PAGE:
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Oil prices fell on Monday after China’s central bank unexpectedly cut rates after data showed economic activity slowed broadly in July, including consumer spending and factory output, rekindling concerns of a global recession.
Signs of further cooling in the world’s second-largest economy, no longer clouded by China’s zero-covid policy and a housing crisis, alarmed energy markets. The prospect of lower demand sent oil prices down 5 percent, pushing West Texas Intermediate crude to $87 a barrel.
Data in July indicated that the post-lockdown recovery is fading amid a range of economic challenges, including the lingering threat of the coronavirus pandemic. Similar to the conflicting priorities facing central banks in other nations, Chinese officials are watching rising debt and inflation. But a crumbling domestic economy seemed to take precedence.
“The [People’s Bank of China] seems to have decided it now has a more pressing problem: the latest data show a lackluster economic pace in July and a slowdown in credit growth, which has been less responsive to policy easing than during previous economic downturns.” said Julian Evans-Pritchard, an economist who covers China for the economic research firm Capital Economics
China’s move to stimulate the economy through monetary policy put Wall Street in a sour mood. The Dow Jones industrial average fell 38 points or 0.4 percent to start the trading session. The broader S&P 500 lost 16 points, or 0.4 percent, while the tech-heavy Nasdaq fell 34 points, or 0.3 percent.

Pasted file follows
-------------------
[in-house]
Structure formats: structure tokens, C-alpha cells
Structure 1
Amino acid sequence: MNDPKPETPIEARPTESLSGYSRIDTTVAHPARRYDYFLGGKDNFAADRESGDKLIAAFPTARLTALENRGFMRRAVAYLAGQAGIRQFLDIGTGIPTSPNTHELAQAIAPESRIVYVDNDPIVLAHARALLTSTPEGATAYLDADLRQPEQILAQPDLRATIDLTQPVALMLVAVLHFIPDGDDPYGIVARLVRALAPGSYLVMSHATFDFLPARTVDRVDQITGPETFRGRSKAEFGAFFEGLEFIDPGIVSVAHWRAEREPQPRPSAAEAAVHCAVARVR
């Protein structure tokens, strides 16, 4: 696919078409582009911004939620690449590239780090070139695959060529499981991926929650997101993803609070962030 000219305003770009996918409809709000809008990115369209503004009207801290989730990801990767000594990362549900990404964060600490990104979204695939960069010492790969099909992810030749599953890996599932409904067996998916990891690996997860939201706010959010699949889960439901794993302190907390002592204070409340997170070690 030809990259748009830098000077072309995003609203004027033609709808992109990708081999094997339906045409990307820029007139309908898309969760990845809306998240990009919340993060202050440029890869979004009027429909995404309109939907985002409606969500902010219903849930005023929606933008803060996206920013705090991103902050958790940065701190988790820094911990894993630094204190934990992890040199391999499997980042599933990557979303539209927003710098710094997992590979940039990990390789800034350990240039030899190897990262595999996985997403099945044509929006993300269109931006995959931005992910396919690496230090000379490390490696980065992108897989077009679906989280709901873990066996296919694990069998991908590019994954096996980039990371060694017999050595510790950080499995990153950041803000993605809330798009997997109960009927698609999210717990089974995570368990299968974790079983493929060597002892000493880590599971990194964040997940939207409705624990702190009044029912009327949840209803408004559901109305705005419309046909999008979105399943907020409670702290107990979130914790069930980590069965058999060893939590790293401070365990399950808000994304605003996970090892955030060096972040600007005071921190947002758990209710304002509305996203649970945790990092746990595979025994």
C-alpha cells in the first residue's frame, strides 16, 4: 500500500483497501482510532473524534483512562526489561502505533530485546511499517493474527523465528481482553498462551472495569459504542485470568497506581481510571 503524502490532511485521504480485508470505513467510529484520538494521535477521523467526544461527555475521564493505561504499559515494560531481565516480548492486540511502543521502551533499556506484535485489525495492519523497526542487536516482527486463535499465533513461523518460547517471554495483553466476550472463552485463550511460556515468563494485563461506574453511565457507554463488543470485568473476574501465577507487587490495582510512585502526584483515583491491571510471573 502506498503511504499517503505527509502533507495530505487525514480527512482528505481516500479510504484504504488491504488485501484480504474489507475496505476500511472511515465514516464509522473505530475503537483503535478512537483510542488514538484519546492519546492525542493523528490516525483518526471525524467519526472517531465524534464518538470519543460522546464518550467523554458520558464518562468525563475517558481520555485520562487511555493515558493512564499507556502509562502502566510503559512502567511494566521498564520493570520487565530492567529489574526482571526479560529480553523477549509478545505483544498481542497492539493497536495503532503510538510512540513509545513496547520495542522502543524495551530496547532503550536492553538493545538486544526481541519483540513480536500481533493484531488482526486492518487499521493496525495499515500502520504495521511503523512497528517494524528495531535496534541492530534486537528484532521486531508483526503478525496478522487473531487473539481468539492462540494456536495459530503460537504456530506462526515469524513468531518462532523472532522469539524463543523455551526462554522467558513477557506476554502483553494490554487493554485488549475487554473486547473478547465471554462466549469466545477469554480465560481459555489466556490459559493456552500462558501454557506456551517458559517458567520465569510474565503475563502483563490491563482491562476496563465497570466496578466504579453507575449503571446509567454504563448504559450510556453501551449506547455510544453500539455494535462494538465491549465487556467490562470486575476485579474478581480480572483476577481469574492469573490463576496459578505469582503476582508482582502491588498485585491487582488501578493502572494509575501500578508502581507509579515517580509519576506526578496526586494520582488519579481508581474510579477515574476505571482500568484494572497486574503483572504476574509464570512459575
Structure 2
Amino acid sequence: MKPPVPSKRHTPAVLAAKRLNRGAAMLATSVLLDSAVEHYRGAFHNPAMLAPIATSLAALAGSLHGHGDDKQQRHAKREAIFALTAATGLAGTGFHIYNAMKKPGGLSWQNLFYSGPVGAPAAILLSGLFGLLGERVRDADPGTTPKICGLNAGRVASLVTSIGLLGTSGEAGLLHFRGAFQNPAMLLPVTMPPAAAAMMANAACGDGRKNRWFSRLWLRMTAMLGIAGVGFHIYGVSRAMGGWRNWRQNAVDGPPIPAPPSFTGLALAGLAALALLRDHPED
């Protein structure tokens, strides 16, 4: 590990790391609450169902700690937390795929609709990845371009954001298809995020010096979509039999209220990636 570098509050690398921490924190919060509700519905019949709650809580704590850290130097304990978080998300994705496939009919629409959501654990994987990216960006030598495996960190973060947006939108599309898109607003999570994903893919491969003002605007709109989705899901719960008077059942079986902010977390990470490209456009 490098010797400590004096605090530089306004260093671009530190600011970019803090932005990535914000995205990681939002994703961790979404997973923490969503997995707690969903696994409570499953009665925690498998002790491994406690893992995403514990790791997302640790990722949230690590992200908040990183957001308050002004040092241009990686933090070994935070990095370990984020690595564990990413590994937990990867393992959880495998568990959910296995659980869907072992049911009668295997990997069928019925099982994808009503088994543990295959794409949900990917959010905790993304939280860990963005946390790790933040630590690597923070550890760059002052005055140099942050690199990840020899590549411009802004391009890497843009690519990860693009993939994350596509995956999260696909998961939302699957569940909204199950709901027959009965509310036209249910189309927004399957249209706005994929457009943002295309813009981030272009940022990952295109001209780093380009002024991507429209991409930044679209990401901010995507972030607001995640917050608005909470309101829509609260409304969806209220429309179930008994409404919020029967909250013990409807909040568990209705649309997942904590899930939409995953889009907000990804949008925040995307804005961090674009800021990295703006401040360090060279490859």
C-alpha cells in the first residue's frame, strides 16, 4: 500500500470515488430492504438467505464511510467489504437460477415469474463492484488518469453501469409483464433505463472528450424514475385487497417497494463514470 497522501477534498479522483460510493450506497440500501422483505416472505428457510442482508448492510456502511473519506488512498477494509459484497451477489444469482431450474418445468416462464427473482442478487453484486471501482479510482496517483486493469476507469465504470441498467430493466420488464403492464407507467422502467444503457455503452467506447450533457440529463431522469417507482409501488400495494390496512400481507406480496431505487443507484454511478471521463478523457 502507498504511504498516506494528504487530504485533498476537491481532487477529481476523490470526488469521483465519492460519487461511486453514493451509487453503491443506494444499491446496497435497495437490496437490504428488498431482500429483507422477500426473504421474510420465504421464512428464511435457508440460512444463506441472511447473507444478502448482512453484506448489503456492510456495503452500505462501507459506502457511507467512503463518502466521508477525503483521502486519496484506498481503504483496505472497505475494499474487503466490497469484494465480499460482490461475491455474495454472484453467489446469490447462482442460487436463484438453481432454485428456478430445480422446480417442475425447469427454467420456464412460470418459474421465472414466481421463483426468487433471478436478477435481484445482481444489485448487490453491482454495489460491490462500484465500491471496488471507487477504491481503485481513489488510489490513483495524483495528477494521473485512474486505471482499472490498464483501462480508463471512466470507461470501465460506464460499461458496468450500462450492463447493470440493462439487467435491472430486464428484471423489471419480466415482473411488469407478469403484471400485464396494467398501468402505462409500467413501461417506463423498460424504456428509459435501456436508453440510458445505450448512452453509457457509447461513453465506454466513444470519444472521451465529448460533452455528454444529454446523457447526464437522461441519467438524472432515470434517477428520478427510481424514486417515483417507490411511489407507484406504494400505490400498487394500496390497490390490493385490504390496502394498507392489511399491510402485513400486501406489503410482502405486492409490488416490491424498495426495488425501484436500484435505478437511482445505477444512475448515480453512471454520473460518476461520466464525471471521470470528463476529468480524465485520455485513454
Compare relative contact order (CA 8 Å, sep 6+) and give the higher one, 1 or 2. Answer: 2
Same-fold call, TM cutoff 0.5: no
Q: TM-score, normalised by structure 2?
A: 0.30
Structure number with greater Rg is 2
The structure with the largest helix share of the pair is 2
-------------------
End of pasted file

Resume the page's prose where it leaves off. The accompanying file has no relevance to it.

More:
The People’s Bank of China cut its medium-term lending rate to 2.75 percent, or 10 basis points, the first cut since January. The move came as new data showed a slowdown in the national economy as policies designed to contain Covid-19 infections and a housing crisis slowed growth.
“The momentum of economic recovery has slowed down,” government spokesman Fu Linghui said at a news conference, the Associated Press reported. “Further efforts are needed to consolidate the foundations of economic recovery.”
For months, some homebuyers in China have refused to pay mortgages on properties they have bought but developers have not yet finished building. The mortgage protests are tied to more than 100 projects behind schedule, leading to falling home prices and frustrated buyers. The boycotts have raised concerns that the property market in China could collapse, undermining the country’s financial system and dealing a blow to the global economy.
For more than a decade, construction and real estate have helped fuel China’s stunning economic growth and bolstered an emerging middle class, underscoring the importance of the subprime crisis and the damage a crisis could unleash on estuary.